Thursday, June 28, 2012

forget the european mullet

Although this happened a few months back, it still fills me with pride that Gracie produced such a work of art on Ellie.  Even with all of my training, I don't know if I could reproduce this.  I mean, look at that disconnection.  


So if you want to ensure a great haircut, look for a stylist who uses crayola scissors.  And consider throwing on your bathing suit for the occasion.

Friday, February 3, 2012

I cried when I read this. Cried because even though the logistics of changing a diaper and knowing how to clean up a crib full of throw-up like what greeted me this morning, are much easier than when I was new to it all, the emotional adjustment that accompanies a complete change in one's identity is still ongoing for me. There are days when I long to feel that feigned importance of having classes to attend and a job to report to. When, simply put, everything in my life revolved And since "me" is not a very high maintenance person, not much energy was expended in keeping care of myself :) I could slide by with grocery shopping maybe a couple times a month, and live off oatmeal and peanut butter. I could put off doing laundry for as long as I dared. I could be with myself and my own thoughts without being interrupted. Yes, I know that you're probably thinking that not much has changed. And that is part of the problem, I will admit.

But what has changed is the presence of JPEG in my life. Oh how I love them. And maybe that is the other reason why I cried. Because try as I might to take mental photographs of every little moment that fills me with wonder, I know these days are fleeting. That Phineas will soon be running instead of displaying his tentative bow-legged waddle. That Ellie will soon be proficient at pronouncing "tr" instead of substituting the sound with an "f" (although, that will be less of a shock to my ears when she relentlessly yells at me to look at the "truck"). And that Gracie will not constantly be at my side gifting complements to every stranger she sees; the very compliments that I think of but have lost the child-like purity and fearlessness to voice. And even our days of living on love, with absolutely no money, might one day be a thing of the past.

And so the next time I bemoan to Jacob that my youthfulness and prime of life is wasting away in this basement apartment of ours, I will stop. Because when I am completely honest with myself, I know now that I really didn't have anything of huge importance to do before all this. I think I thought I did. And it was easy to convince myself that I was good at whatever I was doing. But now I'm engulfed in the real thing. I am not just pretending to be someone important anymore. And sometimes this scares me. But most of the time it has me laughing, crying, teaching, playing, sometimes cleaning, but mostly loving.

Friday, January 13, 2012

A little frustration with my alma mater

This morning I debated whether or not to drive south to BYU, or “Bye-Yoo” as Ellie has dubbed it. After Jacob’s clarification that the 30 day grace period to renew our vehicle’s registration was up at the end of December, and not at the end of Januray as I had thought, I felt like this knowledge would somehow jinx me and I would get pulled over. I had unknowingly been driving around illegally for half a month with no problem, but it’s interesting how our perspective always changes when innocence is lost. Since I had already promised the girls a fun excursion with the cousins, I felt like I had no choice but to risk driving with expired stickers.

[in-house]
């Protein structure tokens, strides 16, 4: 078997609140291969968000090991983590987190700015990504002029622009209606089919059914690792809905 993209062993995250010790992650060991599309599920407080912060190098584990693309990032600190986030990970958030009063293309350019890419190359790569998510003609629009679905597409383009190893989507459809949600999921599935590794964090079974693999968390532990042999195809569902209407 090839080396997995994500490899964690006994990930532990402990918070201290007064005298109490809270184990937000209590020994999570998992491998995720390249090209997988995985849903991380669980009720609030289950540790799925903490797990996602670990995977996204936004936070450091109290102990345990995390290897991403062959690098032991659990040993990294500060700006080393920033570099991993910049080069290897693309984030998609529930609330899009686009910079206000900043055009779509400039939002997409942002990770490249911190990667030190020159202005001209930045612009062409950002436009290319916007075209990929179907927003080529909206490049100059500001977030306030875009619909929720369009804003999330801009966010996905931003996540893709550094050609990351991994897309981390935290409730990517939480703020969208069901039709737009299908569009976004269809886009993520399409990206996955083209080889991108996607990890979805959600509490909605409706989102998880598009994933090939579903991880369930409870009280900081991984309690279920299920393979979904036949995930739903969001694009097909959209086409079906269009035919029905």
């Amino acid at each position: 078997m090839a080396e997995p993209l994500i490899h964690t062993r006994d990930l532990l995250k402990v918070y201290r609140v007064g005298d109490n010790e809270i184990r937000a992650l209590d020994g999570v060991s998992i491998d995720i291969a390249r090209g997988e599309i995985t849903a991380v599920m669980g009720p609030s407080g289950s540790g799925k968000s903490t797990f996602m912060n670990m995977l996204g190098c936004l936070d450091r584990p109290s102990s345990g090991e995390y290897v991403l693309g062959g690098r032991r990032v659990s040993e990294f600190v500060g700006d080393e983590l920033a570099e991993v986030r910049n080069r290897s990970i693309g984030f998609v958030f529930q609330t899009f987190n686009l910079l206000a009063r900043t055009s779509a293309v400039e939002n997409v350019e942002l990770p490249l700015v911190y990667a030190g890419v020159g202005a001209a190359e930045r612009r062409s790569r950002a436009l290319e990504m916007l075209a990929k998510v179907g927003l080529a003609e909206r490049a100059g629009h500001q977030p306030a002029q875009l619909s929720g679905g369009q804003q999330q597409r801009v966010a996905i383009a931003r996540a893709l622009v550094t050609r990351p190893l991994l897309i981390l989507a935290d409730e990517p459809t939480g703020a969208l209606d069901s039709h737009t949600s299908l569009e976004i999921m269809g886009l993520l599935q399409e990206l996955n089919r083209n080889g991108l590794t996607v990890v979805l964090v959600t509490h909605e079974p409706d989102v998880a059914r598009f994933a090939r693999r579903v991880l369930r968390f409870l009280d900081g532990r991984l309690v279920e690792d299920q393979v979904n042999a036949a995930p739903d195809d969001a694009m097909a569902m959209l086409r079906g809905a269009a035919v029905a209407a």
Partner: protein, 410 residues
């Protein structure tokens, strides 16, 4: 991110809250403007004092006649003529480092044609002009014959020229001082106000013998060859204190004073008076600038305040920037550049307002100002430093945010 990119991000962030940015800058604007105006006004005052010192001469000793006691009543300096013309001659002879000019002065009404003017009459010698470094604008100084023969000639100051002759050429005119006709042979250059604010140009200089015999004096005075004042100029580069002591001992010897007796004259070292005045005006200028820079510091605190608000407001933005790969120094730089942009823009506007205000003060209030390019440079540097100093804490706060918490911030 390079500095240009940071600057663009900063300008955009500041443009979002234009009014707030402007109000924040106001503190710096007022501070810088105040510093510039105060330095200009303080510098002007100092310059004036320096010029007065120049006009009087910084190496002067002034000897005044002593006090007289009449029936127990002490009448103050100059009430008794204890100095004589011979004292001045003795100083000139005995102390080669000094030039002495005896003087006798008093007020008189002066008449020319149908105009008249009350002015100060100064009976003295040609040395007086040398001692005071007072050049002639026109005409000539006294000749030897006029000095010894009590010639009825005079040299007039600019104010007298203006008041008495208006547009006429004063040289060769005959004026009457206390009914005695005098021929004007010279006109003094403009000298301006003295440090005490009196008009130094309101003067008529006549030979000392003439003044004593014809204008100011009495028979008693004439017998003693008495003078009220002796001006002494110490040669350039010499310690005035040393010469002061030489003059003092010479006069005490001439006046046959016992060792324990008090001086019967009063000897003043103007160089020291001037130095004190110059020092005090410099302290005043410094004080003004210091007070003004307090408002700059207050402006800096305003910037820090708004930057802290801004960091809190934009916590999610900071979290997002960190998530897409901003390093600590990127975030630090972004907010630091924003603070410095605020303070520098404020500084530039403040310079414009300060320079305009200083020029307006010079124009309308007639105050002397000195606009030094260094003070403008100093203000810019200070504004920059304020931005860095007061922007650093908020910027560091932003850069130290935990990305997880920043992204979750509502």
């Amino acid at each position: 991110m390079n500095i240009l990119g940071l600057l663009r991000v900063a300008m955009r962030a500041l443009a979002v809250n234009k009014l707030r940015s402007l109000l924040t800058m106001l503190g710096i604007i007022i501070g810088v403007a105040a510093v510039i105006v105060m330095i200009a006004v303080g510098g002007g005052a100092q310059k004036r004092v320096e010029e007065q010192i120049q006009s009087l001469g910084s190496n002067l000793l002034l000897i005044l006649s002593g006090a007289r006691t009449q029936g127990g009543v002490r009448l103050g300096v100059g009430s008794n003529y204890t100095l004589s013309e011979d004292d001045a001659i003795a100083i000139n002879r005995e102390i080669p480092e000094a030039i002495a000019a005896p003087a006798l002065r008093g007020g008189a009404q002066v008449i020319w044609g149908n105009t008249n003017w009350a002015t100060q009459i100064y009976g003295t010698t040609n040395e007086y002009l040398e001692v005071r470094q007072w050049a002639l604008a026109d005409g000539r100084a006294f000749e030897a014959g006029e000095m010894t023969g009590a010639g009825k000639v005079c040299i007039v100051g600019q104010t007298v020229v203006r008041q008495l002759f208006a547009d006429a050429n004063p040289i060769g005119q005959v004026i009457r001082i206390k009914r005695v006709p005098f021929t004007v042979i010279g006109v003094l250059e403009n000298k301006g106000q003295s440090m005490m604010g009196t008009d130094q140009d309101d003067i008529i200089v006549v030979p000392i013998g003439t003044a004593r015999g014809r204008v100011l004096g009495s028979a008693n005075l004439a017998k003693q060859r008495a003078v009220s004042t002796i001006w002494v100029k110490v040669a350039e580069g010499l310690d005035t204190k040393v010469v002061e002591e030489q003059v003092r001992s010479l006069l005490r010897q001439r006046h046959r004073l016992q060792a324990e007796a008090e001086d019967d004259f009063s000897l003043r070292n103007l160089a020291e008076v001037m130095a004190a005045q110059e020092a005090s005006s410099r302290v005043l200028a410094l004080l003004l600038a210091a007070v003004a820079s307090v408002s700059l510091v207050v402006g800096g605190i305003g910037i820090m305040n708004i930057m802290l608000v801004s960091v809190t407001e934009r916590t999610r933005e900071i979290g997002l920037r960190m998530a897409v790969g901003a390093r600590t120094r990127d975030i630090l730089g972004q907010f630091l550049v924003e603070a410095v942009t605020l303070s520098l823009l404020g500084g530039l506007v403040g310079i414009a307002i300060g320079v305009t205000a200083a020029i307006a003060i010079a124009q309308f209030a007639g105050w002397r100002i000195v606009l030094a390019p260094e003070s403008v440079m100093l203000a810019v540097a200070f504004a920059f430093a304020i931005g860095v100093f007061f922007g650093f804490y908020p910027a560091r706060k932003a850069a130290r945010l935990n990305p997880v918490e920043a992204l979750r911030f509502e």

I pulled into the visitor’s parking lot with, characteristically, not a moment to spare. The girls were prepped and ready with the instructions “okay, the second I park the car, unbuckle, get out the car, and then we run, and I mean run to the Planetarium to make the star show!” Everything was going great until I hopped out of the car and nearly ran into the campus police officer who, for a split second, I had considered not parking right in front of. But assuming that my registration stickers were of no concern to a University, I had decided to take advantage of the great parking spot that would shorten our run by a few hundred yards.

Oh how I’ve missed BYU policemen. Next to providing a wonderful “police beat” reading each week in the university paper, they always make sure that no infraction too small goes unnoticed. But once again, I reiterate, why should a campus police officer be concerned with my registration? But I’m so glad that I gave him a sense of purpose today and that he was able to issue me a fun “fix-it-ticket” (looks like they’ve been implementing some creative citation options since last time I spoke with them) where I have two weeks to get my problem fixed with only a small fine. And he delayed me by that moment that I did not have to spare, and hence we missed the much-anticipated star gazing show.

But looking on the bright side, I won’t feel guilty this year for not donating to my alma mater. I’ll count this as my contribution.